Steve Chapman

As yet, these enemies have not gained a foothold in Central and South America, the blessed source of most of the bananas we eat. But plant pathologist Gert Kema of Wageningen University in the Netherlands told The Economist magazine that "it's not a question of whether it will occur there. It's a question of when."

We're at that stage of the horror movie when the teenagers in the remote house are partying, unaware of the killer ascending the basement stairs. You may want to cover your eyes.

Scientists are trying to find a version that is not only immune to these scourges, but durable and tasty like the Cavendish. Surely that can't be hard, since there are some 1,000 kinds cultivated around the globe.

Right -- and if the Taj Mahal collapses, India has other sights to see. "Consumers might turn their noses up at pungent varieties," notes The Economist. "Thin-skinned ones would not survive weeks in a ship's hold."

Some kinds have a tart flavor, some have a dry texture and some turn black when ripe. Anything different from perfection is imperfect.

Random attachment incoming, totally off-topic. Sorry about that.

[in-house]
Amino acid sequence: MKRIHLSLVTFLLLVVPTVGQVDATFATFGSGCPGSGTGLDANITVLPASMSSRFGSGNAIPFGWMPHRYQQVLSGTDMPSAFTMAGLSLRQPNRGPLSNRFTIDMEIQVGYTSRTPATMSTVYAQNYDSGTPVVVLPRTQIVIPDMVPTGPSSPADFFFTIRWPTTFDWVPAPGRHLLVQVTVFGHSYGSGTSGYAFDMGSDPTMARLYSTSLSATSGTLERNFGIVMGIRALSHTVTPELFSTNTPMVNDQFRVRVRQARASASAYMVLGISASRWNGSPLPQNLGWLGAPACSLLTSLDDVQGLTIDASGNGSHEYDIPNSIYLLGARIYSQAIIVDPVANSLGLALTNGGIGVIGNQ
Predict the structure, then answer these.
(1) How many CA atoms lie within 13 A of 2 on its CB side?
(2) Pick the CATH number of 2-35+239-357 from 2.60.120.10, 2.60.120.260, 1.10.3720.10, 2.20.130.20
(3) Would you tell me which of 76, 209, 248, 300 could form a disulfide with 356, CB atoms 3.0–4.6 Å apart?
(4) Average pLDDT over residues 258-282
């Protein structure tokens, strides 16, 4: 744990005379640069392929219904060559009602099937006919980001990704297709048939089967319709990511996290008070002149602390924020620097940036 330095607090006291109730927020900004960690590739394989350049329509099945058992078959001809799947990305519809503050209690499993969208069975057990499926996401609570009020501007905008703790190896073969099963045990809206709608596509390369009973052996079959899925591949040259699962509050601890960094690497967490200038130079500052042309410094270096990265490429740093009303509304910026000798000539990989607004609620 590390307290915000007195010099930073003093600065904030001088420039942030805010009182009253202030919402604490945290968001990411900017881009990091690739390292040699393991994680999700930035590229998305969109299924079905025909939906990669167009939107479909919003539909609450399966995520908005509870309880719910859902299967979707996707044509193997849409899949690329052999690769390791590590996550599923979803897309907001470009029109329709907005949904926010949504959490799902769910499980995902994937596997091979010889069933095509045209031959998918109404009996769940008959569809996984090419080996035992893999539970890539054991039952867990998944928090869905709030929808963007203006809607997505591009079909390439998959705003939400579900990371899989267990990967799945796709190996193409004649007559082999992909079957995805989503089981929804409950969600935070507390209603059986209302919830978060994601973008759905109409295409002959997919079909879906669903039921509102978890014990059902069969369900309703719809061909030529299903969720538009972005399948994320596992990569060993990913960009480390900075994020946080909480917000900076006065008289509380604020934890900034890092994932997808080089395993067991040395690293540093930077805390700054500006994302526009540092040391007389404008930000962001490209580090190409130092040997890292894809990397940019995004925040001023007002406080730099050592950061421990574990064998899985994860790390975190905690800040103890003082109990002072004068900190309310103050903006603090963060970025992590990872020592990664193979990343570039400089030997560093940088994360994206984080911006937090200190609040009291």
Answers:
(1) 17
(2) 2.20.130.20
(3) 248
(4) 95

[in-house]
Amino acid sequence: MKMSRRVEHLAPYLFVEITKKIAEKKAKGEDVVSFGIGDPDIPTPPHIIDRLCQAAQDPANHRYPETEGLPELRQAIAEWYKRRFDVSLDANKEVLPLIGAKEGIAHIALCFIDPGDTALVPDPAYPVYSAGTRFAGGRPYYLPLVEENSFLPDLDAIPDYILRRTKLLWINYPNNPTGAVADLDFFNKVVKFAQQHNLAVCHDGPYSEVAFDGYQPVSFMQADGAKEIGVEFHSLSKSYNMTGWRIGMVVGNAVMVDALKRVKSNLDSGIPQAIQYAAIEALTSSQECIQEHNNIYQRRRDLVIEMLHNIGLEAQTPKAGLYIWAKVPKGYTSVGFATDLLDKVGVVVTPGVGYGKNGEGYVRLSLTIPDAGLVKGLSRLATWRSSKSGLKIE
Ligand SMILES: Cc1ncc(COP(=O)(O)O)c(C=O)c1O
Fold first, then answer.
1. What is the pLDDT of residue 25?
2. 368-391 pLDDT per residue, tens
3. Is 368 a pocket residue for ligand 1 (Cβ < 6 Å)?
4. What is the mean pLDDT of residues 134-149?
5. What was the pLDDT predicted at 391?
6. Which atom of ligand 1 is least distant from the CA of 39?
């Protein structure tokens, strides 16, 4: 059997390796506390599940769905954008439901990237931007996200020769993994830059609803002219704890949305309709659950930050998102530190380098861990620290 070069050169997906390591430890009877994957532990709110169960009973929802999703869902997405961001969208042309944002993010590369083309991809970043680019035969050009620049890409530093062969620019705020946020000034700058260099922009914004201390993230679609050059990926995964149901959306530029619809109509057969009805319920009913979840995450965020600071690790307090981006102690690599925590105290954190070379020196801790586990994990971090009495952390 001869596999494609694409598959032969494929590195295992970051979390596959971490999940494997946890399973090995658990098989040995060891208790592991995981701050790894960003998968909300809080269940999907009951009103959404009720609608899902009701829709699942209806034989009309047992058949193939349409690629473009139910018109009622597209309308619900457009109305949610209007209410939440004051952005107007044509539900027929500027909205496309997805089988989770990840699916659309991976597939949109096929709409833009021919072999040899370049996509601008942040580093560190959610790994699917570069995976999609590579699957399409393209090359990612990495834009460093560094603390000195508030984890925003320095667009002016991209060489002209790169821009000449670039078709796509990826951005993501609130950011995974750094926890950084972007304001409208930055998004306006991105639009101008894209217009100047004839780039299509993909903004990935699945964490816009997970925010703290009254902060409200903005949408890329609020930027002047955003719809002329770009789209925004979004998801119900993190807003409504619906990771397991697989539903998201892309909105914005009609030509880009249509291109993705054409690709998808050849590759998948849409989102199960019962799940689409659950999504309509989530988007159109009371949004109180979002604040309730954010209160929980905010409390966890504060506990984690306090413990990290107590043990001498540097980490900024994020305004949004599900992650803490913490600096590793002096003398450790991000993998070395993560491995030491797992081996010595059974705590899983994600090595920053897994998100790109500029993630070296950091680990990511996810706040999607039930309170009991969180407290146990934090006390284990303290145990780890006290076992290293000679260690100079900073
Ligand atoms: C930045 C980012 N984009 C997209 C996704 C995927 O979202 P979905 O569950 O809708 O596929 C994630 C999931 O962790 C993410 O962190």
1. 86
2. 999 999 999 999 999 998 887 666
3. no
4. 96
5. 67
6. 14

Shaken by the possibilities, I contacted Wal-Mart, which is the world's biggest retailer and which sells more bananas than any other product, to find out whether it has a contingency plan for a banana famine. I was informed that the company has nothing to say on the topic.

Red alert: If this gigantic purveyor refuses to disclose how it will satisfy consumer demand for its most popular item, maybe it actually won't. And maybe no one else will either.

So the bananas we all know and love could someday vanish from stores. If you want to eat the last one, go right ahead. Right after you pry it from my cold, dead hands.

Steve Chapman

Steve Chapman is a columnist and editorial writer for the Chicago Tribune.

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